But what Trump voters did not count on was this: In the course of US government administration, very little ever changes regardless of who is elected. The vast majority of the electoral process is a dog and pony show designed to satisfy voters who think that their vote matters, when in reality all that truly matters is what the Council on Foreign Relations wants. The Democrats and Republicans are merely CFR Team A and Team B at any given time; which is which can be left to your discretion. They disagree on peripheral issues, but on the BIG issues – economy, war, government spending – they march in lockstep. No “respectable” Republicans or Democrats suggest putting and end to the Military-Industrial Complex and endless warfare state. None suggest closing the Federal Reserve and giving monetary power back to individuals. None dare suggest that the doomed ships of Medicare and Social Security be put to rest to avoid further-burdening the already overburdened American taxpayer.

But of course, most Americans are OK with all of this. The Council on Foreign Relations may be in charge, but only because a majority of Americans are ultimately OK with it. CFR Team A and Team B give them what they want, and Americans comply.

Trump was a true outsider to the whole thing. I have no doubt he made CFR types very nervous as he gained steam. But when he took office, he did not eject all the remnants of the corrupt past from Washington DC. Far from it; a huge number of his appointees were former members of Goldman-Sachs and other elite banks with high-ranking members in the Trilateral Commission and Council on Foreign Relations. Other appointees were simply revolving-door bureaucrats who worked for both Bush and Obama. When I began to read the reports of Trump appointing people like this, I knew many of his promises were now on the chopping block.

Sure enough, Trump has doubled back down on the Afghan War. In his address, he promised to send an additional 4,000 troops to the conflict by the year’s end. This is in direct contradiction to what many saw as his stance in the campaign – that is, to simply end the war.

He tried to head off criticism by saying that the USA was done “nation-building” and would merely focus on “killing terrorists”. The problem is, of course, that the USA has not really been doing any nation-building at all. Afghanistan is still a bloody, chaotic mess. What does Trump intend to change about this? We already abandoned nation-building long ago.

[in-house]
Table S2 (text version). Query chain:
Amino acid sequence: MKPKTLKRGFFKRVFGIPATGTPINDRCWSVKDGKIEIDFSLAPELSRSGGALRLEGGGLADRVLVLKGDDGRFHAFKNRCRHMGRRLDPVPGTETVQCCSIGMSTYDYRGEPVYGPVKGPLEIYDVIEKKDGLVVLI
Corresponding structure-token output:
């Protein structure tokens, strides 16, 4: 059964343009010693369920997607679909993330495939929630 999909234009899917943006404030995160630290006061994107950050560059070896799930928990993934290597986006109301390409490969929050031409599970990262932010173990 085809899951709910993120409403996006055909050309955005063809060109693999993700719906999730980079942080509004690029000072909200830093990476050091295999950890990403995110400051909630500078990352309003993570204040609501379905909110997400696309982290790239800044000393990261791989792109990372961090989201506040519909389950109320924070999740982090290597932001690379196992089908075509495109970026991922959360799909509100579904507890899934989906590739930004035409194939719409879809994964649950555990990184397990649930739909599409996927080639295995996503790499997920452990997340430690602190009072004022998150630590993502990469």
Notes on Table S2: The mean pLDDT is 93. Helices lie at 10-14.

My question is this: how many of these 4,000 new troops will end up dying in what is a truly pointless, miserable conflict? Ron Paul has it right: “We marched right in, and we can march right out.” Trump is the Commander-in-Chief of the military. He has that prerogative. He can give the order today and get the troops out tomorrow. Not a soul more has to die for this thing – not from the US military, anyway.

But Trump decided differently. He is applauded by the great mass of Washington politicians for this choice. After all, it is mostly not their own children who will go fight in the war. Risking other people’s children is much less frightening.


This seems like the war that never ends. But it will end, eventually, as all things of the flesh must end. Trump has a four-year opportunity to wind this thing down on our own terms. But so far, I am not seeing any indication he intends to follow through on this.

The old-time conservatives were great – essentially libertarian in outlook and deeply suspicious of anyone from the government. But in a fit of fear over the spread of Communism through Eastern Europe and Asia, they sold away their healthy distrust for the military-industrial complex instead. Old-time conservative leadership was replaced by the Neoconservatives, who truly believe in salvation by war, which is exactly what we’re getting plenty of – war, that is. Salvation seems to be a long way off.

Lindsey Graham, up there with John McCain as one of the most useless congressional Republicans, praised Trump’s plan on Aghanistan by saying he was “proud and relieved” with the choice to prolong the stupid war.

We need less Lindsey Grahams and more Howard Buffetts.